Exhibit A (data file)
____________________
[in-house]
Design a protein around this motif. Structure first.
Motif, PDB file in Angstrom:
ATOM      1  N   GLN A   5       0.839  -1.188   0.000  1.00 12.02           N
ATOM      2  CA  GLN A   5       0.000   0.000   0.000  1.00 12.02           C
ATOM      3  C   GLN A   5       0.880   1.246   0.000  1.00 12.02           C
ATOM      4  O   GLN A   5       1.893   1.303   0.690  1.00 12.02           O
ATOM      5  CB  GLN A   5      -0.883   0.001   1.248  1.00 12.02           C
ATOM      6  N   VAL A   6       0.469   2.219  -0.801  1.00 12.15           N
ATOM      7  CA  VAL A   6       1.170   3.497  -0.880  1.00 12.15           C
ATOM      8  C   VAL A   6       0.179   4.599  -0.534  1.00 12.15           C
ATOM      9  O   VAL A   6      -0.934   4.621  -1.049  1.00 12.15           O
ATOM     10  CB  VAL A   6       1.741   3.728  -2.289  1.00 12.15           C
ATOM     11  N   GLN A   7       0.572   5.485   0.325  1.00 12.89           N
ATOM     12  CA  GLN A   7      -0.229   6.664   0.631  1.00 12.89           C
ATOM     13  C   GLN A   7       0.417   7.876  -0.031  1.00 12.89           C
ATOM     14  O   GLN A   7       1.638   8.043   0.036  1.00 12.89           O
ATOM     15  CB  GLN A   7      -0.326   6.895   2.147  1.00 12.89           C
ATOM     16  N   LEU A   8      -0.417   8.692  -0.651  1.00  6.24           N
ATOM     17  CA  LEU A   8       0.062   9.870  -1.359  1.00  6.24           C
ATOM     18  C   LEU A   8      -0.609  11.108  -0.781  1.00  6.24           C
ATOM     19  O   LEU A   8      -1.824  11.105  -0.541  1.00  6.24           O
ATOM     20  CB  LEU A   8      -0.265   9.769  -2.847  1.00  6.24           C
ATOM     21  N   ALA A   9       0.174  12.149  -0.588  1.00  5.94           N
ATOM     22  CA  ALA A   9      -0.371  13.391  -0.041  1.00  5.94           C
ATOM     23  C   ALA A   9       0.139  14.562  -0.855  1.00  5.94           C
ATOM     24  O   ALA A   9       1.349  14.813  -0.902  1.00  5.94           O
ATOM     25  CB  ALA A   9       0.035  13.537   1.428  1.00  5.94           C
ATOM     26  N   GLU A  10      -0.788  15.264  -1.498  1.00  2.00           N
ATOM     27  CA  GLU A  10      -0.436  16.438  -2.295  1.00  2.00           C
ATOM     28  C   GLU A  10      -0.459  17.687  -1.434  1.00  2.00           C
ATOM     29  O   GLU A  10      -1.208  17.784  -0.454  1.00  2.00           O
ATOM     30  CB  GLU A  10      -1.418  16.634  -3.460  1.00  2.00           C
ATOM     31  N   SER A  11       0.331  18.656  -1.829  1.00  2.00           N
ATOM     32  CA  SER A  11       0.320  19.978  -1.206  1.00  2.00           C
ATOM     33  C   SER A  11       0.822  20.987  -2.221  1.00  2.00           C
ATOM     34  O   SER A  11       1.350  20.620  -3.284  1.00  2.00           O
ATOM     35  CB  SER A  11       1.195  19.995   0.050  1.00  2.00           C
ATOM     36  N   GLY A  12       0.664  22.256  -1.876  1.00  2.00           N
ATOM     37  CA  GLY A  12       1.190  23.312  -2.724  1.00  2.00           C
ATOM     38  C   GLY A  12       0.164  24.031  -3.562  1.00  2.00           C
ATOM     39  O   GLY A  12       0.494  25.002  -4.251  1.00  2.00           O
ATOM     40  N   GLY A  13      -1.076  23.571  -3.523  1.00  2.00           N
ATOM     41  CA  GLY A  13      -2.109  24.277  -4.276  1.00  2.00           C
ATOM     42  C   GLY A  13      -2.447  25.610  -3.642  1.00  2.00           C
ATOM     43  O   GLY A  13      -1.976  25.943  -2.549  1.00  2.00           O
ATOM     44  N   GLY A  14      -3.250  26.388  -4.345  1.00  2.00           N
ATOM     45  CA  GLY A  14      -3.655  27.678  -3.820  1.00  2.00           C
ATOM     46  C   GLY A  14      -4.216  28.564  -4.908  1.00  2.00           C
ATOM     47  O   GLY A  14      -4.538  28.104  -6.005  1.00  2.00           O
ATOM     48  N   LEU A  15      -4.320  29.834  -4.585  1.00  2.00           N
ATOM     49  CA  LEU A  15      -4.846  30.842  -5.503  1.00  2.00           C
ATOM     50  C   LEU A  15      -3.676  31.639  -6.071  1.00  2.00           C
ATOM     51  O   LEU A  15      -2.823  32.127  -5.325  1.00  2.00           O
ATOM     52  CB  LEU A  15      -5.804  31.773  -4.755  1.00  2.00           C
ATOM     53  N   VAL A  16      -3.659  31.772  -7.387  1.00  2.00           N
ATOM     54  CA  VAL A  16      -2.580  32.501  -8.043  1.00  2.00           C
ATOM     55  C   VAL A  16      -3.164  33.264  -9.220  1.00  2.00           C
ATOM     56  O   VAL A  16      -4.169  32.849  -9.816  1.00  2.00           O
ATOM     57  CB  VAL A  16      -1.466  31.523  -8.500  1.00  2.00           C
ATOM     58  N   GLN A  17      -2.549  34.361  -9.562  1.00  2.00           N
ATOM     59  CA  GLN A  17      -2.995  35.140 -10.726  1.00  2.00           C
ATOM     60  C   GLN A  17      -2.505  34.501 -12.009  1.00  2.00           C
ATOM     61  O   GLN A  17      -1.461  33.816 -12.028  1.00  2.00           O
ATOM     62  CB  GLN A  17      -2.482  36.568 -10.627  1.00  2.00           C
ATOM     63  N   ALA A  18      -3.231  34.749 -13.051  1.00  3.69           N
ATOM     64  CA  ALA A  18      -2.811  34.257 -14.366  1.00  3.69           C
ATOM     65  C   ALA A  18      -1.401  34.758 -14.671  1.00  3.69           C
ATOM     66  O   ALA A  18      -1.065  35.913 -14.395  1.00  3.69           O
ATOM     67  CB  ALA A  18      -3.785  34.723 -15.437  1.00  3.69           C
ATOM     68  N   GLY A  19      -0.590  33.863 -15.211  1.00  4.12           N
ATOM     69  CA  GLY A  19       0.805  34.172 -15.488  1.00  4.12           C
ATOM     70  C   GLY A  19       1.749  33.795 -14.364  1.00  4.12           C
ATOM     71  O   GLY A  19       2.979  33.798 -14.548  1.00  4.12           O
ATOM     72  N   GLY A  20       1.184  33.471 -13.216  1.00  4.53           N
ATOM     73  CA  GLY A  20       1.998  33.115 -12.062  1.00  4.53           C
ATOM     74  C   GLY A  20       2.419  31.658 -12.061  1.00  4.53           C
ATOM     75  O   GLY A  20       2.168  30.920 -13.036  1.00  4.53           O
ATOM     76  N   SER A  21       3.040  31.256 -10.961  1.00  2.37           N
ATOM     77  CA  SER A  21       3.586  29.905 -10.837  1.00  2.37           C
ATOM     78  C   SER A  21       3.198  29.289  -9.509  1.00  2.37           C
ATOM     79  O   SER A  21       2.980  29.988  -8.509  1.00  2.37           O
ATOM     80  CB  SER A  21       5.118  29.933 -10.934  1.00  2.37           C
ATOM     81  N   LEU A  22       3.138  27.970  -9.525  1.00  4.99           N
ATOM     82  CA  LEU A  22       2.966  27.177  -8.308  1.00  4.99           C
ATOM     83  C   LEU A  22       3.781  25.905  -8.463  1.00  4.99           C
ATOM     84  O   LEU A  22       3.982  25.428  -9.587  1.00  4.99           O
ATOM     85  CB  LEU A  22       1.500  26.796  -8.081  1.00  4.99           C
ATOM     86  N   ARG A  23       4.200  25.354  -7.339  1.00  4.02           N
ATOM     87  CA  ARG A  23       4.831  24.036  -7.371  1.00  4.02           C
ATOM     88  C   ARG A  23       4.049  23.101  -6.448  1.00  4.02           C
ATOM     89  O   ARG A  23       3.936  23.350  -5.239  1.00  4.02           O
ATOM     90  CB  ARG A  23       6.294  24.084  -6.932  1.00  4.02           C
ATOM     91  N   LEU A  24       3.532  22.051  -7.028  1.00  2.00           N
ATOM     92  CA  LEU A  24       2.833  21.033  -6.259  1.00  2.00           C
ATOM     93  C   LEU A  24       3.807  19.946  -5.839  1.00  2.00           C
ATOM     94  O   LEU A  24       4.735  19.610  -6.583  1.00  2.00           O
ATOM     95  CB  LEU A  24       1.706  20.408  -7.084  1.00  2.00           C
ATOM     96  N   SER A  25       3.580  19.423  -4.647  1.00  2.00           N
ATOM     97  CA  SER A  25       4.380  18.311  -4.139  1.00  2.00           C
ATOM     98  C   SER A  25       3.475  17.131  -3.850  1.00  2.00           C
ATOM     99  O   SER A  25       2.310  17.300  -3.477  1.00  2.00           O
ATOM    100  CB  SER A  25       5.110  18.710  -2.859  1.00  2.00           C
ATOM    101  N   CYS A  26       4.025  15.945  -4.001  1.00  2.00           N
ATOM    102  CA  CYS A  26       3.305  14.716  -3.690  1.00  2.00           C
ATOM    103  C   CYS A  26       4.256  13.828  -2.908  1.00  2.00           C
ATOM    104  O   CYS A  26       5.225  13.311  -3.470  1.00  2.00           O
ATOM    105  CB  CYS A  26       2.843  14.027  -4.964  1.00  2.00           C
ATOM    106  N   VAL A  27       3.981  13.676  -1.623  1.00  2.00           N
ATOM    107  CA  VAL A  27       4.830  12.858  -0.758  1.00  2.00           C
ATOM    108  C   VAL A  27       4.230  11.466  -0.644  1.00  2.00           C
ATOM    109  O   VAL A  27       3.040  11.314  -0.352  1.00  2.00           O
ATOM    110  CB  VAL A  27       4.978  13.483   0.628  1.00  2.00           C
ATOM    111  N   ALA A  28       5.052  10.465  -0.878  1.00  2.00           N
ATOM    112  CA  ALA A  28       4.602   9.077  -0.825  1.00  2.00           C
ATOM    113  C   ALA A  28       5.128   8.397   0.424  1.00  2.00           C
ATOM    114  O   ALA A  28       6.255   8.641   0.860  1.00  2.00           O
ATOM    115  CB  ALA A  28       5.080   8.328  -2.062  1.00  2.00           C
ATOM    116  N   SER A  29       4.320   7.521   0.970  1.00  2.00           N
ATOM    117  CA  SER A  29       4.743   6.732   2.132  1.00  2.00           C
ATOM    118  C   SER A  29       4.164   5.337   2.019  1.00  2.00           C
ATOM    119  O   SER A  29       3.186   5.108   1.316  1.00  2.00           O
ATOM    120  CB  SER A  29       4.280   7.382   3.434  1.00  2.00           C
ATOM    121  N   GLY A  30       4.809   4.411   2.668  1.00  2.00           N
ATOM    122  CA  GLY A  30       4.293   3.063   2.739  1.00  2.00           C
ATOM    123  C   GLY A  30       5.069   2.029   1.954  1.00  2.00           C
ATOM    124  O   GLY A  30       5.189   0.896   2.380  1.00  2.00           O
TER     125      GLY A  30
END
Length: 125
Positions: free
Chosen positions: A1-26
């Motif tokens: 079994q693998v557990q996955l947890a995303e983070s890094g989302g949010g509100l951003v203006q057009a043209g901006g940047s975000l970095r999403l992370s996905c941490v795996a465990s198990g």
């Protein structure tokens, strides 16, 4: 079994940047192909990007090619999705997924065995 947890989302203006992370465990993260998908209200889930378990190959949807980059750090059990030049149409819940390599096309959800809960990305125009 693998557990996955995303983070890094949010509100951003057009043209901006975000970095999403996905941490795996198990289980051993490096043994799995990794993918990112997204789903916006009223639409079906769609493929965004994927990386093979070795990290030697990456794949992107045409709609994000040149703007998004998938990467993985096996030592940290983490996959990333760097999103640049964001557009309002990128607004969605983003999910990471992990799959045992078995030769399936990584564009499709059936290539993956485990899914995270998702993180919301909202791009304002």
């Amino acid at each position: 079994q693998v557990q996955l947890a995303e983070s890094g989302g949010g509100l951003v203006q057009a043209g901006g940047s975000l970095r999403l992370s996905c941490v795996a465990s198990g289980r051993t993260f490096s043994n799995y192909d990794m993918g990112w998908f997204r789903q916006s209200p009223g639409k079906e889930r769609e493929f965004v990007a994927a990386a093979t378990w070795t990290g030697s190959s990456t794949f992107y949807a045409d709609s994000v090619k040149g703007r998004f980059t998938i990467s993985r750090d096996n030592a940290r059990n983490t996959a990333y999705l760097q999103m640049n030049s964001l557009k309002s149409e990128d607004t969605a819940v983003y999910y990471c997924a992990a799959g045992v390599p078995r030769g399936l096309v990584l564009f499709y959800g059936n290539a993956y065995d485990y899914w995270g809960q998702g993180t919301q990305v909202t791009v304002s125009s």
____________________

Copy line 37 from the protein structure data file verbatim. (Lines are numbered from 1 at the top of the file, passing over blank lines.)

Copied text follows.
ATOM     34  O   SER A  11       1.350  20.620  -3.284  1.00  2.00           O